Glass noodles are also known as 冬粉, Dong Fen, Tang Hoon, Cellophane Noodles, Mung Bean Noodles, Mung Bean Vermicelli and Crystal Noodles. When uncooked, the noodles look very similar in appearance to Bee Hoon or Rice Vermicelli, so be sure to read the labels if you are buying glass noodles for the first
time (or sending someone to get them from the supermarket)! Once cooked, the difference becomes apparent – glass noodles will have a translucent glass-y appearance whereas rice vermicelli will be more whitish and opaque looking.
I love glass noodles because of its translucent crystal-like appearance and bouncy texture. Moreover glass noodles easily soak up the flavours of the ingredients and sauce it is cooked in without becoming soggy, breaking up or losing its bouncy and slightly crunchy texture. Glass noodles are very popular in many different Asian cuisines, including Chinese, Pinoy and Thai. Incidentally, the best glass noodle brand that I have found so far is a Thai brand that I discovered when my husband was working in Thailand for several years. I wish I could tell you the English name, but there is none, only green wordings in Thai with an easily identifiable sketch of a lion – you can see a picture of the packaging under the ingredients section – it is usually available in any Thai supermarket.
The last time I wrote about glass noodles was a couple of months back when I shared with you the Glass Noodles with Hairy Gourd (毛瓜冬粉) Recipe that my grandson loves to eat. Today I will be introducing you to a new glass noodle recipe: Glass Noodles with Dried Cuttlefish is typically a Hainanese dish. In my younger days, a friend and I used to do Christmas cook-outs in my house for the Youth Christian Fellowship of Kampong Kapor Methodist Church. It was through this common love for cooking that we bonded and eventually became best friends. My best friend is the one who taught me how to cook Glass Noodles with Dried Cuttlefish, and she in turn learnt this recipe from her Hainanese mother-in-law. I hope you enjoy this timeless and versatile recipe as much as I do!
Note: For Special Diets, please read the notes at the bottom for suggested modifications.
Glass Noodles with Dried Cuttlefish Recipe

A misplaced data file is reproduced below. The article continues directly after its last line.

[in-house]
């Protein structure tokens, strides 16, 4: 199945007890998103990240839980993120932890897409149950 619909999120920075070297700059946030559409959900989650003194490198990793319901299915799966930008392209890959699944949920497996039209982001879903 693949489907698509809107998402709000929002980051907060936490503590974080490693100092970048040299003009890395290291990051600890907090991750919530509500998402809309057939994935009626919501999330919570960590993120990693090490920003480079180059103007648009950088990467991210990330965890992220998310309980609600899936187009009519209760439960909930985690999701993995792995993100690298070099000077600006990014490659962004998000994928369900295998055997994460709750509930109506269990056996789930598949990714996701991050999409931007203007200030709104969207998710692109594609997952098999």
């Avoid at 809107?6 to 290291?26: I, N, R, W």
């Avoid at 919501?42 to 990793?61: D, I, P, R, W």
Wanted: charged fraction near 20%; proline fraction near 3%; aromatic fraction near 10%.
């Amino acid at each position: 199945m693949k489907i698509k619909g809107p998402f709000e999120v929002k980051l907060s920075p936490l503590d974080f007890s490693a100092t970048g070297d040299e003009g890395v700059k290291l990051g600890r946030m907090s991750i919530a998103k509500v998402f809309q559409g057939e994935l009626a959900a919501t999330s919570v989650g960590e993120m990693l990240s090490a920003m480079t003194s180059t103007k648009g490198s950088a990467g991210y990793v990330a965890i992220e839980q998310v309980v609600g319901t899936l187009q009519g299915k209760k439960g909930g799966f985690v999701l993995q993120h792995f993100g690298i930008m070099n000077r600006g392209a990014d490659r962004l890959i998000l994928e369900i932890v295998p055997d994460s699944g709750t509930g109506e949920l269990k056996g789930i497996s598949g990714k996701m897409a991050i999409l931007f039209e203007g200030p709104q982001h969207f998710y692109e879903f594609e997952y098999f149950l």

A timeless and versatile Hainanese traditional dish that combines savoury seafood with bouncy and flavourful glass noodles
INGREDIENTS FOR GLASS NOODLES WITH DRIED CUTTLEFISH RECIPE (serves 6-7)
- Oil, 1/2 bowl
- Dried Cuttlefish, 2
- Glass Noodles (Tang Hoon), 1/2 packet or about 150 g
- Ku Chye (Chives), 20 cents
- Lean Pork, 200 g
- Hua Tiao Chiew 花雕酒 (also known as Shao Xing Wine 绍兴酒), 4 TBsp
- Small Onion, 1
- Prawns, 200 g
- Black Soya Sauce, 1 tsp
- Garlic (chopped), 2 cloves
- Chicken Stock, 1 bowl
- Sesame Oil, 2 tsp
- Cornflour, 1 tsp
- Salt, 1/4 tsp
- Wooden Fungus, 4
- Shallots, 30
- Red chilli, 5
PREPARATION FOR GLASS NOODLES WITH DRIED CUTTLEFISH RECIPE (35 minutes)
COOKING METHOD FOR GLASS NOODLES WITH DRIED CUTTLEFISH RECIPE (35 mins)
TOP TIPS FOR GLASS NOODLES WITH DRIED CUTTLEFISH RECIPE
- If you are getting the dried cuttlefish for a dry goods provision store, be careful that you don’t confuse dried cuttlefish with dried octopus! If you are unsure, read my recipe for Old Cucumber Soup (老黄瓜汤) Recipe where I explained the difference between the two!
- Soak the cuttlefish with hot water otherwise it will be too hard.
- When frying the shallots, you need to stir it constantly ensuring all the shallots are in the oil. The moment it starts to turn light brown, reduce the heat to low and continue to stir until all turn golden. Quickly turn off the heat and transfer to a metal sieve to drain off the oil. If you are not quick enough, it will get burnt very fast even thought the heat is turn off. Look out for my video on how to fry crispy shallots without getting burnt).
- There are many different types of Tang Hoon in the market. Some are very QQ whereas some are very starchy and tend to stick together. As I explained earlier, I usually buy Tang Hoon made in Thailand. They are usually very springy and will not break easily.
- To save time, you can fry the shallots a day before and put in an air tight container. It can be kept for a couple of weeks.
Suggested Modifications for Special Diets
- Egg-Free: No modifications needed.
- Gluten-Free:Use gluten free Hua Tiao Chiew (or skip it!) Use gluten-free soy sauce (Lee Kum Kee has a gluten-free range)
- Nut-Free: No modifications needed.
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